(Lisa Silvestre with her daughter Khayla at Seattle's Pride Parade. Photo by Bo Jungmayer.)
My favorite Saturday mornings start like this: I get up early, pull on my sneakers, grab a quick breakfast and head to a fundraising walk.
Whether I'm taking part in a walk to support research in breast cancer or heart disease, I love the sense of camaraderie. Here we are, all these thousands of people from different walks of life, united for a common purpose.
As Premera's Vice President of Accounts and Public Programs Operations, taking part in advocacy events is not part of my job description. But, as a mother, a member of this community and someone who cares deeply about Premera's customers, I consider it an important part of my life.
One of the things that I love about this area is the diversity of the people. People here come from diverse racial, religious and socioeconomic backgrounds. There's a vibrant LGBTQ community. Wander through the streets of Seattle and you can hear people talking in a half dozen different languages.
Diversity matters to Premera's clients, too. Companies such as Starbucks, Microsoft, Alaska Air and Amazon understand the importance of a diverse staff. A diverse staff brings new ideas and new ways of thinking. And a diverse staff can better anticipate and respond to the needs of our diverse customer base.
At Premera, our customers represent an incredibly diverse group of people. People of all races and religions, genders and sexual orientations, ages and socioeconomic groups, turn to Premera for care. Our customers' health needs are just as diverse as they are.
That's why it's so crucial for us to establish relationships with diverse populations. We listen to their needs, provide recommendations for care and look for ways to serve them better.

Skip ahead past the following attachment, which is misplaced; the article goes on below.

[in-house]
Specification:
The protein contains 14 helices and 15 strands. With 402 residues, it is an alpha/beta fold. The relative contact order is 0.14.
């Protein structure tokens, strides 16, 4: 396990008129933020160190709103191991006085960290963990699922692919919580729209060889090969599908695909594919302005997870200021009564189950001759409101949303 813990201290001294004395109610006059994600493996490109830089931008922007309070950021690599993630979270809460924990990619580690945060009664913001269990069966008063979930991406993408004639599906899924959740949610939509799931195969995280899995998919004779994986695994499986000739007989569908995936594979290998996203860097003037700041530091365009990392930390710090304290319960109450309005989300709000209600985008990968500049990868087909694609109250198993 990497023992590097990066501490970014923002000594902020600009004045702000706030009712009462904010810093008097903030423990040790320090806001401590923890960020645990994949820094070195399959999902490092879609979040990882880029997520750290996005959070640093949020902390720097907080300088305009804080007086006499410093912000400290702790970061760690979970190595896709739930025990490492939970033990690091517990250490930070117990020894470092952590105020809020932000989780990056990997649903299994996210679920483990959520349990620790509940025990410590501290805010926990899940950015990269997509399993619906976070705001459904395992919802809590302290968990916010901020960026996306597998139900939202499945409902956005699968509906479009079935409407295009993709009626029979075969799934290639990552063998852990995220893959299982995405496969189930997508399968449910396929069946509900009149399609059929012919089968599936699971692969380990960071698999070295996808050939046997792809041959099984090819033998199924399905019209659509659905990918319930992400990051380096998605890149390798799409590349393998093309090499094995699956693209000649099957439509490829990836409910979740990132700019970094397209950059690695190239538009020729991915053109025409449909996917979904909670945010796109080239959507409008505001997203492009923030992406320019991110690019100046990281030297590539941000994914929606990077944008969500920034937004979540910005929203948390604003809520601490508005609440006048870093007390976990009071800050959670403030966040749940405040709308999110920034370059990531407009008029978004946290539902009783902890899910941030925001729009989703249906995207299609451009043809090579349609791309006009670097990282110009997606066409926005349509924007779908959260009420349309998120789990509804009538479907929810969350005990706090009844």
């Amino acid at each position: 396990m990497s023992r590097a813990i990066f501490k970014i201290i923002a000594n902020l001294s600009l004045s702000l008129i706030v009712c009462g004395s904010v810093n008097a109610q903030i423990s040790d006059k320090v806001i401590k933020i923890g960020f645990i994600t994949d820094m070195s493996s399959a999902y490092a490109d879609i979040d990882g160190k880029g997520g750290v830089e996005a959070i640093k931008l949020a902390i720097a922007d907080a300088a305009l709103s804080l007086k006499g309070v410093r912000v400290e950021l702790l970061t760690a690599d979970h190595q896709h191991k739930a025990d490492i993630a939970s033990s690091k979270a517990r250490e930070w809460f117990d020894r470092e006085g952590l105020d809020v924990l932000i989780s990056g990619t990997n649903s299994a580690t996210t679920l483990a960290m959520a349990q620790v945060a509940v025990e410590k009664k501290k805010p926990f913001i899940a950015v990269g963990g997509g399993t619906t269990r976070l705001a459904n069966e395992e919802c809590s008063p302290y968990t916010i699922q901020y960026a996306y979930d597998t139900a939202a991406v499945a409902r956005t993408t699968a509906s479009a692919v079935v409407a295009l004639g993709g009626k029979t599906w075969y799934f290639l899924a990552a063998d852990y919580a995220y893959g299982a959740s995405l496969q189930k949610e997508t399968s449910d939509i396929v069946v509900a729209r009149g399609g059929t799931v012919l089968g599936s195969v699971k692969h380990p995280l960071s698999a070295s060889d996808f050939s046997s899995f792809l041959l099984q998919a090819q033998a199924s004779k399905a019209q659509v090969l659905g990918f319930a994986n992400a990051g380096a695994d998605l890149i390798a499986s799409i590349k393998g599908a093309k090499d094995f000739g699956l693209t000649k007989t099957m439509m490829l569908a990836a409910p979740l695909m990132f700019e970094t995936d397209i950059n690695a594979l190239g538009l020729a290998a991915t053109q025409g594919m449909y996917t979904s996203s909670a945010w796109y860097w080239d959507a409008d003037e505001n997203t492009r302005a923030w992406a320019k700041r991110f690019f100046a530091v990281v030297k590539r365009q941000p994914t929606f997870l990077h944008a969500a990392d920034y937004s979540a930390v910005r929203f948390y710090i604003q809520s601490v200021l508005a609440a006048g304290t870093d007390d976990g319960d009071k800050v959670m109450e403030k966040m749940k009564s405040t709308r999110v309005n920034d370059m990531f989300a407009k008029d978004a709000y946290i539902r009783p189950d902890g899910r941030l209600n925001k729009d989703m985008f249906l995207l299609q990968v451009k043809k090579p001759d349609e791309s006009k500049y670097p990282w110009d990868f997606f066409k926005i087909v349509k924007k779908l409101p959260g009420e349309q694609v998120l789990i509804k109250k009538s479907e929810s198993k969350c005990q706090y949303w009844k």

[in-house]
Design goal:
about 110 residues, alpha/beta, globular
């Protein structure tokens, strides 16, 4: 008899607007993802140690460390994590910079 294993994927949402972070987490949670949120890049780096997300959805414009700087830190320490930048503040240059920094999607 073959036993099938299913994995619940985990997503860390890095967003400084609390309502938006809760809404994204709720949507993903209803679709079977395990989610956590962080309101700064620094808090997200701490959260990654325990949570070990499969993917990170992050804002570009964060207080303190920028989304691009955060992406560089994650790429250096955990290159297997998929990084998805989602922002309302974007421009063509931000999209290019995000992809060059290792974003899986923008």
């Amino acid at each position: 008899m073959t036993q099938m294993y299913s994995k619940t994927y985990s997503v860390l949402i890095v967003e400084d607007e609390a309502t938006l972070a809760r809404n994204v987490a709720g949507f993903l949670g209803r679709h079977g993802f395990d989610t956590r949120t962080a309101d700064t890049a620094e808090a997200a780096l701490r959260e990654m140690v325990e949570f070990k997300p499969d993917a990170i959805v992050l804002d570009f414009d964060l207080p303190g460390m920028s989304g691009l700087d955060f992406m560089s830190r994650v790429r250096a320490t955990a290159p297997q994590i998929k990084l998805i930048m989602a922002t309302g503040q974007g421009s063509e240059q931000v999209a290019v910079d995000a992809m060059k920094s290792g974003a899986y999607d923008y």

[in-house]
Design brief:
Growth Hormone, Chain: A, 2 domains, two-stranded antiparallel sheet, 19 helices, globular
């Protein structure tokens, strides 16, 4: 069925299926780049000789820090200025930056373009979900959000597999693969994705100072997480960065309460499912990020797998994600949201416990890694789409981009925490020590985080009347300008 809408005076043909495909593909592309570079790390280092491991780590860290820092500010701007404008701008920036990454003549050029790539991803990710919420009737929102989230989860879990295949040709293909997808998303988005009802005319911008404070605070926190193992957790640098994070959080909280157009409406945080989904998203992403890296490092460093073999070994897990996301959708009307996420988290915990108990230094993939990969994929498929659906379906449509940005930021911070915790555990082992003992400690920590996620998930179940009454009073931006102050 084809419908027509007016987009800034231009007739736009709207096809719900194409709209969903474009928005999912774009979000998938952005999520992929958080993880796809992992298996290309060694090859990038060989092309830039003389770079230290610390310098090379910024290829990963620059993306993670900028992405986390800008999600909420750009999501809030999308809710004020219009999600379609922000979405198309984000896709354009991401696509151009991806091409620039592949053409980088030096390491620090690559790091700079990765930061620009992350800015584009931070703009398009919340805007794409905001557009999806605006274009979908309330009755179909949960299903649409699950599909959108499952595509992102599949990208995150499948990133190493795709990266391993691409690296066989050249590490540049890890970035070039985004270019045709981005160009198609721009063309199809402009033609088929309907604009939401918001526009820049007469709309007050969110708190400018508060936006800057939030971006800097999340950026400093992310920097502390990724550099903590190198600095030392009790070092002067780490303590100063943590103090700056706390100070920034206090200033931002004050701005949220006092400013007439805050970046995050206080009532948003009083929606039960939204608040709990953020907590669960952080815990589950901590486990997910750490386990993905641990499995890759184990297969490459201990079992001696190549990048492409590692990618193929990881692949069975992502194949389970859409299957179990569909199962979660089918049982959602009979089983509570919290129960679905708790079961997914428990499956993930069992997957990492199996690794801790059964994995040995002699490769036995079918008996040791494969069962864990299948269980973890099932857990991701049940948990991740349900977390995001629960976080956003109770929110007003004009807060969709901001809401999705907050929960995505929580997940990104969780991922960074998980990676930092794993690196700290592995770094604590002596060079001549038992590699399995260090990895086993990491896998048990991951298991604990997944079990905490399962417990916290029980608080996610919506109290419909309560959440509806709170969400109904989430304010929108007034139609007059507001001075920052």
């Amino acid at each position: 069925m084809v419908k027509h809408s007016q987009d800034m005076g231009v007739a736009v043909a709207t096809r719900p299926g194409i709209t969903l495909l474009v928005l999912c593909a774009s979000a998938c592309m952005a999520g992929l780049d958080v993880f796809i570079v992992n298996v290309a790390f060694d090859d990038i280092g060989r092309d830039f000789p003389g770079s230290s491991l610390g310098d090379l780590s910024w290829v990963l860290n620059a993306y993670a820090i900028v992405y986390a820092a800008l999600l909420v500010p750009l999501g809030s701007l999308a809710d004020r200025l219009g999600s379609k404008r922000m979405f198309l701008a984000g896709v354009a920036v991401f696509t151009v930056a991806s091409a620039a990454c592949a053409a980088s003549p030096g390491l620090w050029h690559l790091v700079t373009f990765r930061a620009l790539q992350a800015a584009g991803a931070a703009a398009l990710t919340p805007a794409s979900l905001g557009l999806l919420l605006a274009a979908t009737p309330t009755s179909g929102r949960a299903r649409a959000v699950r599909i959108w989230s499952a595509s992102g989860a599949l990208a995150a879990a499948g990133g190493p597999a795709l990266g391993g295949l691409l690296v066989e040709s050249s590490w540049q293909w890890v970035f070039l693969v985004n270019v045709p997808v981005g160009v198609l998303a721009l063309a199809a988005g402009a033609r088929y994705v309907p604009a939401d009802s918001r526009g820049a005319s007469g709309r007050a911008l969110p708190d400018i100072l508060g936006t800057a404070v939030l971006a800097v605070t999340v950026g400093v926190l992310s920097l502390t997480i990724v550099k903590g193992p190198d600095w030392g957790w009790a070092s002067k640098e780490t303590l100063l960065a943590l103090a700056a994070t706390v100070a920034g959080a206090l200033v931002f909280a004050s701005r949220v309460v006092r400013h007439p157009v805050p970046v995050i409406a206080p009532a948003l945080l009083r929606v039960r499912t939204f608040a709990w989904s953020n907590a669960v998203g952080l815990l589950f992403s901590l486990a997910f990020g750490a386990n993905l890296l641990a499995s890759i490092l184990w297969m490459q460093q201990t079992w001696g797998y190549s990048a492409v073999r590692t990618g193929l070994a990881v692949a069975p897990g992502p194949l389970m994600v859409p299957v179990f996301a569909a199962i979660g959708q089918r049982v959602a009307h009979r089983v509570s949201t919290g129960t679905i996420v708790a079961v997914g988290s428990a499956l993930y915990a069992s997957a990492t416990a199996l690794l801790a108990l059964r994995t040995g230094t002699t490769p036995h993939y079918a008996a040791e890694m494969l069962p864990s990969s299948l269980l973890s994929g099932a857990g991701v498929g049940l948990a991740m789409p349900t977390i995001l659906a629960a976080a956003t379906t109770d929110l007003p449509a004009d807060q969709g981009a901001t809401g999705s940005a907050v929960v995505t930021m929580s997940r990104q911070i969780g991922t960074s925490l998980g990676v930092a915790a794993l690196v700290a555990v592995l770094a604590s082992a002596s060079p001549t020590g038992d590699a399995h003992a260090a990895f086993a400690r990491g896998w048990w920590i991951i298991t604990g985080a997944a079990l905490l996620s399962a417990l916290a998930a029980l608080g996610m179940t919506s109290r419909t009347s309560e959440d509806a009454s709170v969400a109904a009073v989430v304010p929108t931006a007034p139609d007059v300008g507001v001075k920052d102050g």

Take for example Premera's participation in the Seattle Pride Parade. 17 years ago, my sister and I started taking our kids to the Pride Parade. My son and daughter were very young but we thought it was a great way to expose them to the idea that love comes in ways other than what they see in their everyday family structure. There are many ways to define families.
A few years ago, when my daughter and I were at the parade, she asked me why Premera was not here and I didn't have a good answer. It became my quest then to have Premera participate.
This year, we became a major sponsor of the parade. More than 200 people from Premera showed up for the walk, parking at our offices and taking a company-sponsored bus to the starting point. We want to be sure that the LGBTQ community knows they have Premera's support -- and that we're focused on their health needs. Premera also had a booth at the Pride Festival where customer service representatives were there to answer specific questions key to the community's needs.
Like many Premera employees, I believe in giving back to the community. I serve on the board of Homage, a group that provides meals, rides and even home repairs to disabled and elderly people. And for the last two years, my daughter and I have joined a team from Premera to paint playgrounds through Seattle Works.
I know that many people at Premera share this mindset. Just last week, I met with a group of new hires. One question came up again and again: How can we give back to the community?
We had plenty of ideas for them.
Lisa Silvestre is the Vice President of National Accounts and Public Programs Operations at Premera Blue Cross.